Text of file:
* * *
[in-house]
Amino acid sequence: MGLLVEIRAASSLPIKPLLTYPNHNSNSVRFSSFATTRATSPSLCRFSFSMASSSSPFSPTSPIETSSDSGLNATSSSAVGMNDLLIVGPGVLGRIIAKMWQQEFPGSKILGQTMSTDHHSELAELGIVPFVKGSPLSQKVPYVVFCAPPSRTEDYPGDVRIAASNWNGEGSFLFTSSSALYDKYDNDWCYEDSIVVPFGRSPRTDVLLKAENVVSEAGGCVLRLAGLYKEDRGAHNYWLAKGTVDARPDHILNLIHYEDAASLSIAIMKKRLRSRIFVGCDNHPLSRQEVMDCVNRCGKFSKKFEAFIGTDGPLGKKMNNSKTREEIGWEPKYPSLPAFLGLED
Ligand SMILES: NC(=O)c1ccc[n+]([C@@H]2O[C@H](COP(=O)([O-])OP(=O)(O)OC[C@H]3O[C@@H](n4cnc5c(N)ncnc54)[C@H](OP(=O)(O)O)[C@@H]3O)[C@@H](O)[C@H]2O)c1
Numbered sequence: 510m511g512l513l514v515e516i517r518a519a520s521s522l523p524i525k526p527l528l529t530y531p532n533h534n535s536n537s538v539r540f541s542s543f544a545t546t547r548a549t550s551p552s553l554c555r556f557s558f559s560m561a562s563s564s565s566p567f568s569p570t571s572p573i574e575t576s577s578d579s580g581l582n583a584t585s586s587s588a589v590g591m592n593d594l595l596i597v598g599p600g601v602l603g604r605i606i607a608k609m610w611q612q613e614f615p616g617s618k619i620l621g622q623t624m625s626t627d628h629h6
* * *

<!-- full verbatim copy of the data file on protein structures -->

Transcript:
[in-house]
Amino acid sequence: MGLLVEIRAASSLPIKPLLTYPNHNSNSVRFSSFATTRATSPSLCRFSFSMASSSSPFSPTSPIETSSDSGLNATSSSAVGMNDLLIVGPGVLGRIIAKMWQQEFPGSKILGQTMSTDHHSELAELGIVPFVKGSPLSQKVPYVVFCAPPSRTEDYPGDVRIAASNWNGEGSFLFTSSSALYDKYDNDWCYEDSIVVPFGRSPRTDVLLKAENVVSEAGGCVLRLAGLYKEDRGAHNYWLAKGTVDARPDHILNLIHYEDAASLSIAIMKKRLRSRIFVGCDNHPLSRQEVMDCVNRCGKFSKKFEAFIGTDGPLGKKMNNSKTREEIGWEPKYPSLPAFLGLED
Ligand SMILES: NC(=O)c1ccc[n+]([C@@H]2O[C@H](COP(=O)([O-])OP(=O)(O)OC[C@H]3O[C@@H](n4cnc5c(N)ncnc54)[C@H](OP(=O)(O)O)[C@@H]3O)[C@@H](O)[C@H]2O)c1
Numbered sequence: 510m511g512l513l514v515e516i517r518a519a520s521s522l523p524i525k526p527l528l529t530y531p532n533h534n535s536n537s538v539r540f541s542s543f544a545t546t547r548a549t550s551p552s553l554c555r556f557s558f559s560m561a562s563s564s565s566p567f568s569p570t571s572p573i574e575t576s577s578d579s580g581l582n583a584t585s586s587s588a589v590g591m592n593d594l595l596i597v598g599p600g601v602l603g604r605i606i607a608k609m610w611q612q613e614f615p616g617s618k619i620l621g622q623t624m625s626t627d628h629h6